Question: I was on a Skype departmental call and didn’t realize it was unmuted. I was under pressure to get a lot done before the Christmas break. I swore at a message I was reading (I said shut the eff up) and the manager speaking on the call thought it was directed to him. He asked who said that? I felt so embarrassed and so in fear that I kept silent. I planned to tell him the next day but he was telling the story to others. He told a co-worker that he wished the director was on the call. Definitely the comment was not directed at him.
Question: My husband is cheating on me. I found he has been having online sex with a foreign woman. They are planing to move together.
More over, He had sex with this woman online video during work hours in his office.
Can I report my husband affair to his HR?
Response: Thank you for sharing your frustrating and hurtful situation with us. It sounds as though you will be much better off to not have him in your life!
A question to Ask the Workplace Doctors about an accusation and suspension:
My sister is being framed for something she hasn’t done at work. They’ve accused her of sharing personal data with an ex employee of the ex employees file. The ‘evidence’ they have is CCTV showing my sister behind the counter and the ex employee on the other side with a piece of paperwork between them unclear on CCTV. My sister believes that the paperwork was the ex employees CV/interview paperwork from a job interview she had that day and nothing to do with her personal file.
A question to Ask the Workplace Doctors about comparing her pay to mine:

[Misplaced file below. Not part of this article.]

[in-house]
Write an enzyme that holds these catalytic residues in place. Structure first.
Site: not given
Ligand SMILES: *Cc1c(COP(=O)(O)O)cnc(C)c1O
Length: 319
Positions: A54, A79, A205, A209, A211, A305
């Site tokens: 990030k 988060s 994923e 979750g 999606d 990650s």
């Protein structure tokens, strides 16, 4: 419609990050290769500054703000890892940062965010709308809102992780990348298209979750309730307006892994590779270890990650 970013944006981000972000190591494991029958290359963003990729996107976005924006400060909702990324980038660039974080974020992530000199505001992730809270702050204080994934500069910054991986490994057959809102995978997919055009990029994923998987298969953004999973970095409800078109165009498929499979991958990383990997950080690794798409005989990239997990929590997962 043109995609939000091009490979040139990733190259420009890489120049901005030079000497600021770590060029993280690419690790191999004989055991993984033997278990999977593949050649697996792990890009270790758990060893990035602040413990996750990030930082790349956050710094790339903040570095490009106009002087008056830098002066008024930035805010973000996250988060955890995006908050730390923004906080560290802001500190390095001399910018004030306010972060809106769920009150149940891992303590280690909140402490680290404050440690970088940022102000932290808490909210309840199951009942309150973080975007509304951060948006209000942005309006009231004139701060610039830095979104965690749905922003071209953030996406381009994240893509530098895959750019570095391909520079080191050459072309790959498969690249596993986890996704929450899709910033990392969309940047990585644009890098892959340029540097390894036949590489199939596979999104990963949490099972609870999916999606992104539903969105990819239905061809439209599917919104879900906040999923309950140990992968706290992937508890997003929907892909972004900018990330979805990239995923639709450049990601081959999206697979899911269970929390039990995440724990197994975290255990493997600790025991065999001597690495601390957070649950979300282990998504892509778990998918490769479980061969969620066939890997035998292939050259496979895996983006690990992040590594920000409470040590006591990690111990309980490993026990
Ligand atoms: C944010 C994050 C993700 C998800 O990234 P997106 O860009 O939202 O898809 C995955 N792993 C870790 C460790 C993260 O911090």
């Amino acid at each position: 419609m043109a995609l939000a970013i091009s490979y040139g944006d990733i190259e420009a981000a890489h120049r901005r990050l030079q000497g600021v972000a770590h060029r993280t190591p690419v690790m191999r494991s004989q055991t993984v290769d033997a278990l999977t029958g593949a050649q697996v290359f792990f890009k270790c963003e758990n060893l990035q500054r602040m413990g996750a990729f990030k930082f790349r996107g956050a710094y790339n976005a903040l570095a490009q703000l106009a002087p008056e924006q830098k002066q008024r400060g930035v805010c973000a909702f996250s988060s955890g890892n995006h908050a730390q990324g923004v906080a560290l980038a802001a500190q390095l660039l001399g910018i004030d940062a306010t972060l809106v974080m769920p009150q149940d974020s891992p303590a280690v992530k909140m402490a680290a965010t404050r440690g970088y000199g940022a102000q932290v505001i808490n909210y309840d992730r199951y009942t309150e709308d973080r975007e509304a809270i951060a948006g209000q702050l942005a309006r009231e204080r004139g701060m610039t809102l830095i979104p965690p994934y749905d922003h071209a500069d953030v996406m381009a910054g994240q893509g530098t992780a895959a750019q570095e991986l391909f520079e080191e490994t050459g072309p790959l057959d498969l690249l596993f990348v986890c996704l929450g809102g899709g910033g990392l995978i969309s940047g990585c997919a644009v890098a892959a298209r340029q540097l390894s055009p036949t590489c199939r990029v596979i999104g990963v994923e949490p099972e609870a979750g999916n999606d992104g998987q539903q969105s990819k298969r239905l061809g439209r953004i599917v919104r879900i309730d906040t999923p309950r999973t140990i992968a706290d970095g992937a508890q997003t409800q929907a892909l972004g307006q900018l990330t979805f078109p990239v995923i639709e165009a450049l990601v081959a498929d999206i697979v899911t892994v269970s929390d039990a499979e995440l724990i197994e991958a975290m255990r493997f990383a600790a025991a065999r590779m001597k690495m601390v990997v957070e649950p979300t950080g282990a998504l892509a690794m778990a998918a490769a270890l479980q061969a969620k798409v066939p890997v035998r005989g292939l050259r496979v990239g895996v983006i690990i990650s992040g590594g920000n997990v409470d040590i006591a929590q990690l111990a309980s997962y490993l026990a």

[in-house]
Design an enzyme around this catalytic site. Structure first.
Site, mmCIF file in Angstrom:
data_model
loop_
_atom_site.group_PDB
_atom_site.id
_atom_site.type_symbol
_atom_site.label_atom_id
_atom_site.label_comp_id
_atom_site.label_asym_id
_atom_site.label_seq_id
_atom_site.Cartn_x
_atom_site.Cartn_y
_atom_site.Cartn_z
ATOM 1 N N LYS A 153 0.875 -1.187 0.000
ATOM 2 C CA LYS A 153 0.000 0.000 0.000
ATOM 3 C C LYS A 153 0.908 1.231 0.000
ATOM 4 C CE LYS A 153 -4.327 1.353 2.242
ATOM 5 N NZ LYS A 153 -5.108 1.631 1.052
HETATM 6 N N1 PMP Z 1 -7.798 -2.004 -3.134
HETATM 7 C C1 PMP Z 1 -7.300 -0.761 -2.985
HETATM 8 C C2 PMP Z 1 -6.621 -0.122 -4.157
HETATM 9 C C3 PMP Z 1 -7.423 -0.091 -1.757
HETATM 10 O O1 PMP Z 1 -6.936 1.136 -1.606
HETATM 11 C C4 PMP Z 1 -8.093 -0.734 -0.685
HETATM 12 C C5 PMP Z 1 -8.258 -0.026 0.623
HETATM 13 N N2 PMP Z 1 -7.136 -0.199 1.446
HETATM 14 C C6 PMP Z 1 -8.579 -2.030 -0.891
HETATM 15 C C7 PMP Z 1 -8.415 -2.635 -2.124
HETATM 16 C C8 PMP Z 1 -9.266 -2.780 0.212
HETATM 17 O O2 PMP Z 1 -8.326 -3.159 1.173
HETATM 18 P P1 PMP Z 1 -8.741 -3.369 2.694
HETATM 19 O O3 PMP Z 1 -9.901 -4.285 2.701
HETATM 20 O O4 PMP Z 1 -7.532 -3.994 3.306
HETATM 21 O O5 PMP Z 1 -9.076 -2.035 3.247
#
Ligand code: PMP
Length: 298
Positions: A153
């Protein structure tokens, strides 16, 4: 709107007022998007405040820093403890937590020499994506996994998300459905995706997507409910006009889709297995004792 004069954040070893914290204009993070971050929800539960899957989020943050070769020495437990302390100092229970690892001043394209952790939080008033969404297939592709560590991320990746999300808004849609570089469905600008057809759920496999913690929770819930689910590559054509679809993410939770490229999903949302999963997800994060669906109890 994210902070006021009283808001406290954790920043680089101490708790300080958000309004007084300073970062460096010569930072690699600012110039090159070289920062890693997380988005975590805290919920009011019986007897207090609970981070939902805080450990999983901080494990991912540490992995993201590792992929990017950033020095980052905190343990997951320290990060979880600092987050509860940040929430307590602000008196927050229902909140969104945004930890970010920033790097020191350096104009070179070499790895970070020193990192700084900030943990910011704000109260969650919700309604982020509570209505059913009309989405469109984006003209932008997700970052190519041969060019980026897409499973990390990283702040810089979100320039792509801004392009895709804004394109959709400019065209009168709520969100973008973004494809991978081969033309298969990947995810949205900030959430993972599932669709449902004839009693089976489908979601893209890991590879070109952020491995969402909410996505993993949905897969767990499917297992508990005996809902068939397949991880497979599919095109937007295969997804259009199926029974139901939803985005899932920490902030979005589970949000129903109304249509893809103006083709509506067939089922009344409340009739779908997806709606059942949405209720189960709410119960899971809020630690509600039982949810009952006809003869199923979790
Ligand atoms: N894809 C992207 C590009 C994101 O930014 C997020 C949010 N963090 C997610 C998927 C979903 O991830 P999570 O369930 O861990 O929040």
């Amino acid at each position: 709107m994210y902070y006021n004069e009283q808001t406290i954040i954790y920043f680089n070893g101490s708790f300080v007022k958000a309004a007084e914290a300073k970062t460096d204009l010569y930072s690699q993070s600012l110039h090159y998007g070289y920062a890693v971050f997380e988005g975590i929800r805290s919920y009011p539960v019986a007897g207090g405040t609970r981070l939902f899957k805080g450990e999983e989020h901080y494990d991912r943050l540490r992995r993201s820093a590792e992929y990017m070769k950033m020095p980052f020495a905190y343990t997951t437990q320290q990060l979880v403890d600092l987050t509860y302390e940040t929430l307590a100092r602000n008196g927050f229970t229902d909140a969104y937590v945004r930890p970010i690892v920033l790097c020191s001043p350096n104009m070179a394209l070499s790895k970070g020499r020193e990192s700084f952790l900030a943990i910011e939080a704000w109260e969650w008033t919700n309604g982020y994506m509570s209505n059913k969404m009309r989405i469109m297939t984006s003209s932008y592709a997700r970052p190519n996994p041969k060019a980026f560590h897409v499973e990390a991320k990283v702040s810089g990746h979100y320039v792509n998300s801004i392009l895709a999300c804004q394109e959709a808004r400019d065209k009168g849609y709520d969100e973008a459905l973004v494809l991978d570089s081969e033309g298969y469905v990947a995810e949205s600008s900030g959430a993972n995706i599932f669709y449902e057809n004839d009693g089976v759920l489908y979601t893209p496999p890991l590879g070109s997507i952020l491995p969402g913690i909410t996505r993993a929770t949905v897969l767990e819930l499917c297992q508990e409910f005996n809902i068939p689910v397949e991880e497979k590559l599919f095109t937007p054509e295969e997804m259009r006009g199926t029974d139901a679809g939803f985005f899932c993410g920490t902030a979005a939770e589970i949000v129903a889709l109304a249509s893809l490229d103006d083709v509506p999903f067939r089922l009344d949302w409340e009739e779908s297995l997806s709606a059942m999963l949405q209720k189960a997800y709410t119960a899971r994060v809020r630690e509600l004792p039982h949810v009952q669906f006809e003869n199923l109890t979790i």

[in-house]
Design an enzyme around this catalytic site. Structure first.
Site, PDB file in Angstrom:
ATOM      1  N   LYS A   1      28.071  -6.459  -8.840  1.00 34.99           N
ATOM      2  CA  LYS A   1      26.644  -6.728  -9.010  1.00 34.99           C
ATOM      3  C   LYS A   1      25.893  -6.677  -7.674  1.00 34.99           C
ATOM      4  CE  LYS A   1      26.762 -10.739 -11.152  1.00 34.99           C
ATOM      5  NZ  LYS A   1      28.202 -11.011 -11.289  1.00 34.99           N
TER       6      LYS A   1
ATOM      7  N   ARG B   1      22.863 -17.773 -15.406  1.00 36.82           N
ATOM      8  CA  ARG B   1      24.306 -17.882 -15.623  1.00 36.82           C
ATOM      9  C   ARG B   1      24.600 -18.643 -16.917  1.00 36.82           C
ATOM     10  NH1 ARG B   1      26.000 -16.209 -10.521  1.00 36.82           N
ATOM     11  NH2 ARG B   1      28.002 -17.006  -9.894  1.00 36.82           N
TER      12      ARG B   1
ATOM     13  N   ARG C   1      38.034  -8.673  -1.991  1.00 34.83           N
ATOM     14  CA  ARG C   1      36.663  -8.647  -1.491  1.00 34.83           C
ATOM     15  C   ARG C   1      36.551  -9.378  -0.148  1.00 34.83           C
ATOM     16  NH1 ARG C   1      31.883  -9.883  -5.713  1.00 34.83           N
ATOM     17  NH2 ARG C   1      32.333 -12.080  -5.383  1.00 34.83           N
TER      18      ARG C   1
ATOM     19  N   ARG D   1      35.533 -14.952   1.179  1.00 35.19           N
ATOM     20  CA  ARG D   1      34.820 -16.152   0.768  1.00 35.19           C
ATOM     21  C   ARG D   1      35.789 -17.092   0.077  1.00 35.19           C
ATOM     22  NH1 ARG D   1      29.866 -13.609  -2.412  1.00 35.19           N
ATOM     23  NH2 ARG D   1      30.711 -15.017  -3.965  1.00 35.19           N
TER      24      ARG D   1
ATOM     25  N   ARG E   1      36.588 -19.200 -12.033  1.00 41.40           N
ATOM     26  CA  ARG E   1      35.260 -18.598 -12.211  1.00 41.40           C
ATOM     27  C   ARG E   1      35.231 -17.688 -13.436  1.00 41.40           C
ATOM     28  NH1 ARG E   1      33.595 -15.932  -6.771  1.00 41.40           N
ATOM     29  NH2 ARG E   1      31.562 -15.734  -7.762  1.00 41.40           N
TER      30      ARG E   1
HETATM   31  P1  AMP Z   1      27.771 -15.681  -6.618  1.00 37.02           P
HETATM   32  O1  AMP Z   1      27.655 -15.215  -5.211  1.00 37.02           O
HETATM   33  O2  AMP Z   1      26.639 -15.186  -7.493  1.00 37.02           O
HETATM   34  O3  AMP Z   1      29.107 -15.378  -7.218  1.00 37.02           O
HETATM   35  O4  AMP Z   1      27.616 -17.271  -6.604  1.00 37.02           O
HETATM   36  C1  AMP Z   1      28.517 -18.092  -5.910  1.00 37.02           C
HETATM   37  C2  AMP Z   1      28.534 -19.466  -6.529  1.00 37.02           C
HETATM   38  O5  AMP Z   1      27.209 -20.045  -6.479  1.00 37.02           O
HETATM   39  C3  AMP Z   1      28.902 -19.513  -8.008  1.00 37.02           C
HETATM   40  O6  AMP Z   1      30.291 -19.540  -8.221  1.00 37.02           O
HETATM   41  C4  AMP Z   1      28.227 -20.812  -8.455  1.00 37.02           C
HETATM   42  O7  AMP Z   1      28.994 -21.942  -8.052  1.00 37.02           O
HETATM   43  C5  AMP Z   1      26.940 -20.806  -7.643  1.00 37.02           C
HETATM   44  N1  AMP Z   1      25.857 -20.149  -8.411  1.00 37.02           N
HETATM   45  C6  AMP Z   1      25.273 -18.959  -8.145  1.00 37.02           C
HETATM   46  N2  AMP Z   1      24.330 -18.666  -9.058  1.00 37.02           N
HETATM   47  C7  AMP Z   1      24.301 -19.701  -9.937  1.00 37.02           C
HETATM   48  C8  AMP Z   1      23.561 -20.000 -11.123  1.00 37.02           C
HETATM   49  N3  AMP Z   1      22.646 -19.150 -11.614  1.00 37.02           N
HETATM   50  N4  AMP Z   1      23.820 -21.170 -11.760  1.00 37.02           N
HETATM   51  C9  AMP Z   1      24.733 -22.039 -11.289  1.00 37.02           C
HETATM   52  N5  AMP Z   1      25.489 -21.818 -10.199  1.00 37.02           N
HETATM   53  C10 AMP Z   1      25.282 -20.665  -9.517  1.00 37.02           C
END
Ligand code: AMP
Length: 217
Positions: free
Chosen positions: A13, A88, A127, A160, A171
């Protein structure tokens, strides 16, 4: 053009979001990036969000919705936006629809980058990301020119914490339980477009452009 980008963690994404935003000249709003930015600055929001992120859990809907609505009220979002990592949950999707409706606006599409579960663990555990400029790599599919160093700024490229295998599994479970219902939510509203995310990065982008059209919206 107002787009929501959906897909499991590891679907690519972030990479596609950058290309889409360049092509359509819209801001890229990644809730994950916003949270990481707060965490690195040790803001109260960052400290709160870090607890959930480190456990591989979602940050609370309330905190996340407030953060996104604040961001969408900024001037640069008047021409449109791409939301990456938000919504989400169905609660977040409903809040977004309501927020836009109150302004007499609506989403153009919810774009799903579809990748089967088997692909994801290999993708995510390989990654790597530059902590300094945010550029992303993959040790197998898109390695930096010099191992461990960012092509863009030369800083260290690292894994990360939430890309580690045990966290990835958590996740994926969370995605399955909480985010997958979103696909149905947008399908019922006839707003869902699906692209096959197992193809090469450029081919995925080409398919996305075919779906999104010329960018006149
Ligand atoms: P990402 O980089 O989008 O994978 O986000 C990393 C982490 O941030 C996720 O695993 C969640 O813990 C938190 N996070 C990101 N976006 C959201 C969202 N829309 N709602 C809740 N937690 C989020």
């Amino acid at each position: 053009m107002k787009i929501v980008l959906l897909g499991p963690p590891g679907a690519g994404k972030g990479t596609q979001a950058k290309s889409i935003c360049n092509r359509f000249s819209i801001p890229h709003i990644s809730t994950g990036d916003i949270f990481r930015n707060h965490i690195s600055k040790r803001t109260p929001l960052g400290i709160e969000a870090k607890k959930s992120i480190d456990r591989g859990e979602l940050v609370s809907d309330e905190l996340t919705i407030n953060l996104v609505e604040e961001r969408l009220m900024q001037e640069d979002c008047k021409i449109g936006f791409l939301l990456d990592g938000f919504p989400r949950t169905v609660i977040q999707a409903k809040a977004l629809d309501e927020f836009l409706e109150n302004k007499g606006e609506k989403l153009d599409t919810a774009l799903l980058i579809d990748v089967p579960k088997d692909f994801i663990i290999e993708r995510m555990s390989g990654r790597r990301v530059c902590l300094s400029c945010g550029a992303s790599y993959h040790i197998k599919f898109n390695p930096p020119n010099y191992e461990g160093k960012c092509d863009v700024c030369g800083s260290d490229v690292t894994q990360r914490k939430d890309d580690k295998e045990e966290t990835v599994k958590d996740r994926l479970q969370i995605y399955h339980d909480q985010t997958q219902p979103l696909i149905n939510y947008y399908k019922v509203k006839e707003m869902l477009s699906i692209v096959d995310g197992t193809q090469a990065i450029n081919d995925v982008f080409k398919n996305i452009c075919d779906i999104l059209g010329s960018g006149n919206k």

My Co worker found my pay stub in my trash in MY office and made a copy and took it home to compare what she was making. Afterwards, she confronted our boss complaining about special treatment because on that one check it was more than what her average pay is. Is this legal in Indiana?
A question to Ask the Workplace Doctors about being sanctioned over how a conflict was handled.
I was put off the clock for loud verbal altercation with an employee and I’m the only one put off the clock. (16.7 Emergency Off-Duty Status). I was ganged up on by five African Americans, taunting, bullying. Only thing I said was this wasn’t personal it’s business.
And I’m the one fighting for my job?
We are not employment attorneys and don’t have expertise in employment law or union issues. Thus, this response is merely the opinion of an ordinary person doing some research and trying to provide basic assistance. I’m sorry that you’re having this happen, especially at this time of year. I hope you can get it resolved quickly.
Based on the reference to 16.7, Emergency Procedure (16.7 Emergency Placement Off-Duty Status) I expect you are a USPS employee. I don’t know any of the details of the situation (how long the conflict had been building, what it was about, what happened right at the time, etc.). However, it seems to fall into the category of an employment action for which you should seek your union’s support through the grievance process. I would expect if you received a 16.7 action, it stated at the bottom that you have 14 days to grieve it.
Apparently whatever the allegations are, they will be investigated. Unfortunately, you will be without pay until a disposition of the case has been determined. If the case is easily investigated and quickly decided about, that might be a short amount of time.